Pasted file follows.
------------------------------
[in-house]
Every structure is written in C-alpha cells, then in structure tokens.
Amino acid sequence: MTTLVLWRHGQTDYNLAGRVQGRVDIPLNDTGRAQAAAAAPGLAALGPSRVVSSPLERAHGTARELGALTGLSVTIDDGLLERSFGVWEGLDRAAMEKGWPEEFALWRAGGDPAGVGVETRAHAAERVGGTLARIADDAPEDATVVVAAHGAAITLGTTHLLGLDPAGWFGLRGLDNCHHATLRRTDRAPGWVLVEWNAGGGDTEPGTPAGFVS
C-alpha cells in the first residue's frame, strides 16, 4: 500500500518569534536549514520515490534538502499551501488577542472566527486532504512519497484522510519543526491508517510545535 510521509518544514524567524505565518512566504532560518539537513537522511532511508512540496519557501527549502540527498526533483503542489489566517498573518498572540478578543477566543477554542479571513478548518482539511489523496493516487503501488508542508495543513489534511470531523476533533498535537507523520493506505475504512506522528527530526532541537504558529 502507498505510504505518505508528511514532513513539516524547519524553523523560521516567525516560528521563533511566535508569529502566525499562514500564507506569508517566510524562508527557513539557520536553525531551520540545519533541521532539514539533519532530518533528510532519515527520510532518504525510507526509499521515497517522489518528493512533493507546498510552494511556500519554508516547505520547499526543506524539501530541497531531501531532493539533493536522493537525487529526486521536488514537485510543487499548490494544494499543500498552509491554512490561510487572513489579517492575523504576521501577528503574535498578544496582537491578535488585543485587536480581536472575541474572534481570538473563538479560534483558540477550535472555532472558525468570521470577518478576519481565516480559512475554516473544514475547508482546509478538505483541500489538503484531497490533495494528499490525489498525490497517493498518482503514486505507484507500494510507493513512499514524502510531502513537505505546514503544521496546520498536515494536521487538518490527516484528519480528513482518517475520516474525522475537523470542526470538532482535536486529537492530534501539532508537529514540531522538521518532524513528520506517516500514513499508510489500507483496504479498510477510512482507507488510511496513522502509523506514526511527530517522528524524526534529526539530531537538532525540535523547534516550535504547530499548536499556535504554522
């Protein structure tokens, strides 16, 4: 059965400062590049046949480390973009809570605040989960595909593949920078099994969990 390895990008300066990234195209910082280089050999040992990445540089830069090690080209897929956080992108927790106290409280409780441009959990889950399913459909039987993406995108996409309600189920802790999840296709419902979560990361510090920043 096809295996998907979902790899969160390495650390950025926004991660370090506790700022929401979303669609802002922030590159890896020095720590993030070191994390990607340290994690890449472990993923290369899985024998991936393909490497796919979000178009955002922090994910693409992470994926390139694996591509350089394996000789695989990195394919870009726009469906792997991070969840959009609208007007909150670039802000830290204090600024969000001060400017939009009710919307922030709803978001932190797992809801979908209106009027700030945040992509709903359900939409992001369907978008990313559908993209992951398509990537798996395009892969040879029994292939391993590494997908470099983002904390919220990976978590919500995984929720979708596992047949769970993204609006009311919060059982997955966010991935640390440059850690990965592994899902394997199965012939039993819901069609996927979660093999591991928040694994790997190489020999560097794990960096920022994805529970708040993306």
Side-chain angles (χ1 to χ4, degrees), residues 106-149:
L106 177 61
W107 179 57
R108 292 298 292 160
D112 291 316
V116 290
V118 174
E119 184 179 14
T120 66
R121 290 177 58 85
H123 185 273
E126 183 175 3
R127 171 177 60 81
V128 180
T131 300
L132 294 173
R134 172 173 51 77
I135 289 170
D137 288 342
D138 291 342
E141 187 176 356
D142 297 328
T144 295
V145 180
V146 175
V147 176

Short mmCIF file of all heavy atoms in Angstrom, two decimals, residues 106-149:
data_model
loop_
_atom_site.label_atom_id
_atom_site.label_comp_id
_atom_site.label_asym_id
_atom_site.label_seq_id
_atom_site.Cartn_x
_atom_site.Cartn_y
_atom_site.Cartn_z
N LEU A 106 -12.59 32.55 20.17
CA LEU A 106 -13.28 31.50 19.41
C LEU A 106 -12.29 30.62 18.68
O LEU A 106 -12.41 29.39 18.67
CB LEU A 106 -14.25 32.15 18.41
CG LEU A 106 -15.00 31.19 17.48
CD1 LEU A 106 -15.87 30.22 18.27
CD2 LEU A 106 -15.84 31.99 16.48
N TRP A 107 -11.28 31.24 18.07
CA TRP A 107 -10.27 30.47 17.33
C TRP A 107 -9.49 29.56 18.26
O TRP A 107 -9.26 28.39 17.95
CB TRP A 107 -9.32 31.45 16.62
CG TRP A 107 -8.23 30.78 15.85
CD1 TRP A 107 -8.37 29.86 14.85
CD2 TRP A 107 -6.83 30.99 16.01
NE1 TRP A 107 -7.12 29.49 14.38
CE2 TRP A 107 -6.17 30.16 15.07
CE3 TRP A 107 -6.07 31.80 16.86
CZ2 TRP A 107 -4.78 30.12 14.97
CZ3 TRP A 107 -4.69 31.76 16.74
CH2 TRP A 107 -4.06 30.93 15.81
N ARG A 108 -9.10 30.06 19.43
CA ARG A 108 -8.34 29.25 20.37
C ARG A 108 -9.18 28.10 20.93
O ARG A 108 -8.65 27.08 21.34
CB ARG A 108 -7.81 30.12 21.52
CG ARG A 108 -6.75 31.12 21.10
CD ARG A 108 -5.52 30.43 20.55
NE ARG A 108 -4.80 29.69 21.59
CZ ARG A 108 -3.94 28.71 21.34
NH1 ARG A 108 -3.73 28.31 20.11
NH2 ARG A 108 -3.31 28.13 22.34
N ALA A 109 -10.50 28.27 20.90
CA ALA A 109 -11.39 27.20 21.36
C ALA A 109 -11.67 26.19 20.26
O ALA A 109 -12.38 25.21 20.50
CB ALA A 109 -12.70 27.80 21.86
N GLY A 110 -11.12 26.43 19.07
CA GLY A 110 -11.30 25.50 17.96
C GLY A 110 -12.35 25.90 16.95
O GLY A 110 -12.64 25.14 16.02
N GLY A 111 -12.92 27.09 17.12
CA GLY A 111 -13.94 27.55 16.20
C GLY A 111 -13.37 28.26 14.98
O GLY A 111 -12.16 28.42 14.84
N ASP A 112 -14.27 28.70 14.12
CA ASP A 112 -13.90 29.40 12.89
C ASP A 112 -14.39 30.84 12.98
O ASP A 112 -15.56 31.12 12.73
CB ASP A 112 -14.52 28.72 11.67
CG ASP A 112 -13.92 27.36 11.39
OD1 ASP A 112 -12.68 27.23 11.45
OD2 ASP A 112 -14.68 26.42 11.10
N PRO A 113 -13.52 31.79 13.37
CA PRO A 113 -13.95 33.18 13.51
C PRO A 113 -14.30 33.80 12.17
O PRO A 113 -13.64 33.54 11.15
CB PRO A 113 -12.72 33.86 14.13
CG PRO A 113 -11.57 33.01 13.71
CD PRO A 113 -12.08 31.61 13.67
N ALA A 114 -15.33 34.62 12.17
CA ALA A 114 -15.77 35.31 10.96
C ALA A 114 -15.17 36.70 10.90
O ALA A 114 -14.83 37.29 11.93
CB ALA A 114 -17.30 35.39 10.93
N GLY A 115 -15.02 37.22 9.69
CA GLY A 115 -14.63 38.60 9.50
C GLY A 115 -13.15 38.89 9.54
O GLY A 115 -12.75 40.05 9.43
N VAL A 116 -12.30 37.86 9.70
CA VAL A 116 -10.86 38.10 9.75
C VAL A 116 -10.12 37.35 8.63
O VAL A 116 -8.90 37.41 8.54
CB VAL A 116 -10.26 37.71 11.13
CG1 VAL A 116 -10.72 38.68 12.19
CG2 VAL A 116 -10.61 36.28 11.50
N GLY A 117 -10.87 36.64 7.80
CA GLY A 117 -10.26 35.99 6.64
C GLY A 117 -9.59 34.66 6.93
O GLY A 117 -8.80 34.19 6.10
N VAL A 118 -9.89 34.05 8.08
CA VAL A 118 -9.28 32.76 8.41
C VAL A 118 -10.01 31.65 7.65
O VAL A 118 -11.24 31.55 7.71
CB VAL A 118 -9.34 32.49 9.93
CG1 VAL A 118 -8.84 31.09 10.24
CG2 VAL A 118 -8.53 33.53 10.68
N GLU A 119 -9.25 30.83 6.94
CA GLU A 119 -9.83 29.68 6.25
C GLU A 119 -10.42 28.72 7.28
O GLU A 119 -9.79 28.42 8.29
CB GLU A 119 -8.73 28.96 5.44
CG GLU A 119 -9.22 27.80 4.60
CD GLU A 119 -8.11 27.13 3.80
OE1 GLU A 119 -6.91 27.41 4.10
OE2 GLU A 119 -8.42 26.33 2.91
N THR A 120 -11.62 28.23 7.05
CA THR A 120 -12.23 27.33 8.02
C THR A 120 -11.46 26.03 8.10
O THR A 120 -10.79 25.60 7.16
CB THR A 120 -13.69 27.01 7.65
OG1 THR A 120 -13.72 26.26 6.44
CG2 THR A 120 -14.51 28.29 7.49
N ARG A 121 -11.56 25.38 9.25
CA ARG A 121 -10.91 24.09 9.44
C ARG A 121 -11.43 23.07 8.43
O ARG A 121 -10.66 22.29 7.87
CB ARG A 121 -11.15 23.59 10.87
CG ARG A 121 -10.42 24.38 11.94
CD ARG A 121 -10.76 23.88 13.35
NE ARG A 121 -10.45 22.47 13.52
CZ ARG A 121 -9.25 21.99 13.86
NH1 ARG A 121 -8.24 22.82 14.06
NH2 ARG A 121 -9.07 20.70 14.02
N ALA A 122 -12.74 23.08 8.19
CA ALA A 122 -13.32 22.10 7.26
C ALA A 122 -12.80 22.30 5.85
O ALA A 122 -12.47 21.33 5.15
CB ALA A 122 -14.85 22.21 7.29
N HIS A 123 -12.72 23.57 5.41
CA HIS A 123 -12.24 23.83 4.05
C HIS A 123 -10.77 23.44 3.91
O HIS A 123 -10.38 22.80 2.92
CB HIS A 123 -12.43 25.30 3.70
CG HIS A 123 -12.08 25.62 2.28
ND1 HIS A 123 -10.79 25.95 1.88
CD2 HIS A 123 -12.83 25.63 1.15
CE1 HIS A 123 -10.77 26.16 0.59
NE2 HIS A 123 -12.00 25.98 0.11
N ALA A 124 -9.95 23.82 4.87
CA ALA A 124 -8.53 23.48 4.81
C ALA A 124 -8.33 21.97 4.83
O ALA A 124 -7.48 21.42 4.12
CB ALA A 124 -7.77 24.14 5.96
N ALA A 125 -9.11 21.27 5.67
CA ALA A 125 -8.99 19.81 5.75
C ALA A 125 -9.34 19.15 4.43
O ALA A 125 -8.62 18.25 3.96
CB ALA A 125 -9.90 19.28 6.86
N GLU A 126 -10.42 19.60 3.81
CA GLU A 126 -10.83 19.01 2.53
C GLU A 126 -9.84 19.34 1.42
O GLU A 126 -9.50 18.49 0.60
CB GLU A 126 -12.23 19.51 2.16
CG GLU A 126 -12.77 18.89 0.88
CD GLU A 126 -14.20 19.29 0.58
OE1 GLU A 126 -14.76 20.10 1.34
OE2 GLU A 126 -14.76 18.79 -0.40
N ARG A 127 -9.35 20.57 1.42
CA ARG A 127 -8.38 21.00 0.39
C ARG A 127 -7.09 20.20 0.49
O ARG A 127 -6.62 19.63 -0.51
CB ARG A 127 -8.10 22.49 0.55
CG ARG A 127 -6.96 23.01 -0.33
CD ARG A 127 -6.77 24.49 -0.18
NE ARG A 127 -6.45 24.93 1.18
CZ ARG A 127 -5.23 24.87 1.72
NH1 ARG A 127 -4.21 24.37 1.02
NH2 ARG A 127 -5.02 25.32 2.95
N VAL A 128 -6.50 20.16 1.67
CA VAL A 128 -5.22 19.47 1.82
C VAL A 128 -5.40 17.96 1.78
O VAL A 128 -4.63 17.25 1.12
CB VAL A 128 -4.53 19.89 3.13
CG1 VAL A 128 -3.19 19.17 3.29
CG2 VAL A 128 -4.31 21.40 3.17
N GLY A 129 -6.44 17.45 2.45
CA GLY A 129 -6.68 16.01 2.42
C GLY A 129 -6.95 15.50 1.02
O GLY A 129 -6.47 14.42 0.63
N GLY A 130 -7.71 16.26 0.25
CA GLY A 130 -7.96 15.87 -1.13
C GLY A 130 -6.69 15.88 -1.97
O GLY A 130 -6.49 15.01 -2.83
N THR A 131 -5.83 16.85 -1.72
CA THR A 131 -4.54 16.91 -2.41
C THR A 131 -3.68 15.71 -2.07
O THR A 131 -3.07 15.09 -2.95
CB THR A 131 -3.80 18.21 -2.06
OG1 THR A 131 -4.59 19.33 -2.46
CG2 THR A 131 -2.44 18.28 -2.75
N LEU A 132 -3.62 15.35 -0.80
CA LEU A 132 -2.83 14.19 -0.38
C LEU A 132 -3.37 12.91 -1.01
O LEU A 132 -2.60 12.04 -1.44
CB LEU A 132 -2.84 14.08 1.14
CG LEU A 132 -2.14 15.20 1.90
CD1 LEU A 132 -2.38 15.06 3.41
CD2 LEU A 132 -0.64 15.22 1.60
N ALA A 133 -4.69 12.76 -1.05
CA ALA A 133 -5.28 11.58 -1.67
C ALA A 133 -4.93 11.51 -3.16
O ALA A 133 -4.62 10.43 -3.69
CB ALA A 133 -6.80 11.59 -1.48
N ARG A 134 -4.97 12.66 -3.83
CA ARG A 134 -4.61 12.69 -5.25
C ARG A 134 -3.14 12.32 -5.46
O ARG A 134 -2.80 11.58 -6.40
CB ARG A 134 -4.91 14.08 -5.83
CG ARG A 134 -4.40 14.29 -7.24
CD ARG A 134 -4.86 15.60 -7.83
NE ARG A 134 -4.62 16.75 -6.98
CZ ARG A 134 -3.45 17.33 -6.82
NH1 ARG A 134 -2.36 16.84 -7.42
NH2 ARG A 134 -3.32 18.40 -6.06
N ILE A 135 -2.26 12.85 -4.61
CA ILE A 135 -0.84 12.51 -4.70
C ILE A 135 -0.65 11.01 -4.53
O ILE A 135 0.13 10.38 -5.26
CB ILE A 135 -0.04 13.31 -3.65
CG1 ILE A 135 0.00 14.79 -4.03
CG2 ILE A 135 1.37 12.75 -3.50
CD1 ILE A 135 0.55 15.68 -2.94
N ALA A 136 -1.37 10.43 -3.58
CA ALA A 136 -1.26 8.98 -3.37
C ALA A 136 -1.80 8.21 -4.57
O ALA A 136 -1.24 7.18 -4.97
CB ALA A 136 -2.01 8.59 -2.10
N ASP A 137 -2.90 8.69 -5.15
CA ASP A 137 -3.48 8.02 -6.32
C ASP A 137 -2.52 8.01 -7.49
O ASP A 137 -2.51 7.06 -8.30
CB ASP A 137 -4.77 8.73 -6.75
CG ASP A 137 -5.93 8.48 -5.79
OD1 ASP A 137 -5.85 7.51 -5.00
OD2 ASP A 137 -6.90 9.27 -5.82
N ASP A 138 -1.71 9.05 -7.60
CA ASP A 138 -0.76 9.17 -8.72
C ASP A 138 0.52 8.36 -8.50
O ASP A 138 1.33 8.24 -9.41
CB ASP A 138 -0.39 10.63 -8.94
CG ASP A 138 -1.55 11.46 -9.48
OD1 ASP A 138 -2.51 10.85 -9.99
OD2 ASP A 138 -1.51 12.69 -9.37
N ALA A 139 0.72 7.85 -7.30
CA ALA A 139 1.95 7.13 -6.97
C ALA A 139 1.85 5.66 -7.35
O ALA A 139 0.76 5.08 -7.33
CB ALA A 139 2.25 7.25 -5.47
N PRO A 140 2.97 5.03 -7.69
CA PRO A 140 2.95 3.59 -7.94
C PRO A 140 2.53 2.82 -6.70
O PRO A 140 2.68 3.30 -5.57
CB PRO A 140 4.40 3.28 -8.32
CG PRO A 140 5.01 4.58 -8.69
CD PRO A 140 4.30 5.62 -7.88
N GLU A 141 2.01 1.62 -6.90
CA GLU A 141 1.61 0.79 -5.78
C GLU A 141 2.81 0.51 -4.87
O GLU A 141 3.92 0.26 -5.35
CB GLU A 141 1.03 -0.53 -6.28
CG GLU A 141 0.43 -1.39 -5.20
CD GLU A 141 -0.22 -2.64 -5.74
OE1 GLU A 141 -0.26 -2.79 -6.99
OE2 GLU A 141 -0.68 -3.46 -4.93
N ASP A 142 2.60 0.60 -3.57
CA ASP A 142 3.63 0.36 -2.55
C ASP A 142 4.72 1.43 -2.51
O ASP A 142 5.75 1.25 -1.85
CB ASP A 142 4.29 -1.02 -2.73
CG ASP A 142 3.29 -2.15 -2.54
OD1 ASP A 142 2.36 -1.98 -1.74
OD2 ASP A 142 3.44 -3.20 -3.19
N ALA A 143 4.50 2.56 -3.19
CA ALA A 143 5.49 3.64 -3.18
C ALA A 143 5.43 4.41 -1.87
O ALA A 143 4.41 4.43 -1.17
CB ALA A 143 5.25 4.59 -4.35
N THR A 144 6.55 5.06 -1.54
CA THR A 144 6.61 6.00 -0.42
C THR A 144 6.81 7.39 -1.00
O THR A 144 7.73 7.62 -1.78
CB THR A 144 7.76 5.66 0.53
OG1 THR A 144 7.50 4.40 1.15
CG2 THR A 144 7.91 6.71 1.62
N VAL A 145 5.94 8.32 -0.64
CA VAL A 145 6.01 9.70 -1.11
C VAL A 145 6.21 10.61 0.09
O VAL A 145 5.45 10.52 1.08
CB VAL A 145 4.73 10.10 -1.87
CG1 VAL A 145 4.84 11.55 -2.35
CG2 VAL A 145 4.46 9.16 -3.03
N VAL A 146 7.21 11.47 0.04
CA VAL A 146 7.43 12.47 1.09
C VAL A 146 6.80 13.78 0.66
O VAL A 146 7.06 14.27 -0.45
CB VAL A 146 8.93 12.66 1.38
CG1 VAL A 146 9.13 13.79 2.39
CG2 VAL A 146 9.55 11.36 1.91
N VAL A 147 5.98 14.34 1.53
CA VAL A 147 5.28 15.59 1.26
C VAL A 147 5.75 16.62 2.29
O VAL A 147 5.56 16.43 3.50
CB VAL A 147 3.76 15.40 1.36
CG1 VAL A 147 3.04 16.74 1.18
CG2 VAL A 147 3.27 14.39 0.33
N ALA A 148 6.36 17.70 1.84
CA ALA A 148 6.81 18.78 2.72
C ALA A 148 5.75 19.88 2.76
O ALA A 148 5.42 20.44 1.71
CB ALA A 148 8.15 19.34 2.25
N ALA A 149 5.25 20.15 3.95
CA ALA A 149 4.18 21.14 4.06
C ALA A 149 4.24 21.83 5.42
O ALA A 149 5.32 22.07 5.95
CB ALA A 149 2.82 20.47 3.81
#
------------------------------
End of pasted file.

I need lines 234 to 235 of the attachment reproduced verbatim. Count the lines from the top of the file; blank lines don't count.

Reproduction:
C ALA A 133 -4.93 11.51 -3.16
O ALA A 133 -4.62 10.43 -3.69